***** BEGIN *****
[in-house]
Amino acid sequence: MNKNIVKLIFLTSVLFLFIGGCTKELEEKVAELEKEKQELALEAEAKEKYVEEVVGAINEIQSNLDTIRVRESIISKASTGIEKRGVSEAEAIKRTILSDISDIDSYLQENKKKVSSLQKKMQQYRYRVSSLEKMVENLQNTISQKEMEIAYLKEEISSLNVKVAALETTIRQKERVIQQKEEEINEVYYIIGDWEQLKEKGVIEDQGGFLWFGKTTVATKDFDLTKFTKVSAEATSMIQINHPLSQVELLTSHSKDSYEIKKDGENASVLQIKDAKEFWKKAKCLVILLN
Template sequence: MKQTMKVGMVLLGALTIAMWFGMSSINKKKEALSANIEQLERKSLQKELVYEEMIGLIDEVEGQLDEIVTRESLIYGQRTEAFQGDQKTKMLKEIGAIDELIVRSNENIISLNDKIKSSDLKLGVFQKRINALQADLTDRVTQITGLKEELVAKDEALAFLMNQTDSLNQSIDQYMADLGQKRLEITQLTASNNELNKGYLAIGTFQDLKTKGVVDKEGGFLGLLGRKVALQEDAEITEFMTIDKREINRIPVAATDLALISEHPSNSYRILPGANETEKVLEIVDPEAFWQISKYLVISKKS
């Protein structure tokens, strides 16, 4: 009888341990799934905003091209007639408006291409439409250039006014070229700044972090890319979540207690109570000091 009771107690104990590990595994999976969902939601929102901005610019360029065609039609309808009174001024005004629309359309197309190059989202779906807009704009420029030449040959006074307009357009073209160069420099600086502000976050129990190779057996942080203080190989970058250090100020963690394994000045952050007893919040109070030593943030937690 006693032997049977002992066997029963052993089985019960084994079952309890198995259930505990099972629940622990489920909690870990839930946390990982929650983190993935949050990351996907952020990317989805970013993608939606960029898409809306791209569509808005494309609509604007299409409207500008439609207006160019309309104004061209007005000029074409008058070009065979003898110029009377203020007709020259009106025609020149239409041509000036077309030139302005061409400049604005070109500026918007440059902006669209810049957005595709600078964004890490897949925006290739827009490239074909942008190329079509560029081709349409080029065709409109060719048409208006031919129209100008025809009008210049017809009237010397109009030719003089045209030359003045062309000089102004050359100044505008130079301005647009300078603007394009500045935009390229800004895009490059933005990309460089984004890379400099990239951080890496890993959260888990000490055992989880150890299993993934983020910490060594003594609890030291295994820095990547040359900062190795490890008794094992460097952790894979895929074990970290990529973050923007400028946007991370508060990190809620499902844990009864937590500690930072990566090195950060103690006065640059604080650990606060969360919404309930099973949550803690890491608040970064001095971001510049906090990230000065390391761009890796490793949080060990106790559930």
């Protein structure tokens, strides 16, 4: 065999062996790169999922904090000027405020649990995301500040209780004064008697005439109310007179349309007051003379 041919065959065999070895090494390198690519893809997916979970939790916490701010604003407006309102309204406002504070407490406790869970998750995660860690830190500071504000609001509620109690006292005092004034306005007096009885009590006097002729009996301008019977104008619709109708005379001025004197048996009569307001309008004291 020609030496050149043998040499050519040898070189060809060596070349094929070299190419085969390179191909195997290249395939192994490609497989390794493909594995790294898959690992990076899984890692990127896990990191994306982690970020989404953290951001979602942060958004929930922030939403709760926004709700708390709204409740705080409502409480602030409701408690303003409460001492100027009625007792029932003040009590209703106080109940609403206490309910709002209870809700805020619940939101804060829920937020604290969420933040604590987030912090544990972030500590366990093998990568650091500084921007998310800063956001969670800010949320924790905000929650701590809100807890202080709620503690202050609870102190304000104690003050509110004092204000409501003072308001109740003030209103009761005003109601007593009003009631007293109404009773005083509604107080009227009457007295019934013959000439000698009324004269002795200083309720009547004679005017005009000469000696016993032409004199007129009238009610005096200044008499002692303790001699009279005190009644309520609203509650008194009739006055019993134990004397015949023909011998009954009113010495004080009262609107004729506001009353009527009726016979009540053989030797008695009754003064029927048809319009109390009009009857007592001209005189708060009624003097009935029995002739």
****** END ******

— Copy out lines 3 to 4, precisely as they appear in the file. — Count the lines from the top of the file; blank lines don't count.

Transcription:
Template sequence: MKQTMKVGMVLLGALTIAMWFGMSSINKKKEALSANIEQLERKSLQKELVYEEMIGLIDEVEGQLDEIVTRESLIYGQRTEAFQGDQKTKMLKEIGAIDELIVRSNENIISLNDKIKSSDLKLGVFQKRINALQADLTDRVTQITGLKEELVAKDEALAFLMNQTDSLNQSIDQYMADLGQKRLEITQLTASNNELNKGYLAIGTFQDLKTKGVVDKEGGFLGLLGRKVALQEDAEITEFMTIDKREINRIPVAATDLALISEHPSNSYRILPGANETEKVLEIVDPEAFWQISKYLVISKKS
């Protein structure tokens, strides 16, 4: 009888341990799934905003091209007639408006291409439409250039006014070229700044972090890319979540207690109570000091 009771107690104990590990595994999976969902939601929102901005610019360029065609039609309808009174001024005004629309359309197309190059989202779906807009704009420029030449040959006074307009357009073209160069420099600086502000976050129990190779057996942080203080190989970058250090100020963690394994000045952050007893919040109070030593943030937690 006693032997049977002992066997029963052993089985019960084994079952309890198995259930505990099972629940622990489920909690870990839930946390990982929650983190993935949050990351996907952020990317989805970013993608939606960029898409809306791209569509808005494309609509604007299409409207500008439609207006160019309309104004061209007005000029074409008058070009065979003898110029009377203020007709020259009106025609020149239409041509000036077309030139302005061409400049604005070109500026918007440059902006669209810049957005595709600078964004890490897949925006290739827009490239074909942008190329079509560029081709349409080029065709409109060719048409208006031919129209100008025809009008210049017809009237010397109009030719003089045209030359003045062309000089102004050359100044505008130079301005647009300078603007394009500045935009390229800004895009490059933005990309460089984004890379400099990239951080890496890993959260888990000490055992989880150890299993993934983020910490060594003594609890030291295994820095990547040359900062190795490890008794094992460097952790894979895929074990970290990529973050923007400028946007991370508060990190809620499902844990009864937590500690930072990566090195950060103690006065640059604080650990606060969360919404309930099973949550803690890491608040970064001095971001510049906090990230000065390391761009890796490793949080060990106790559930």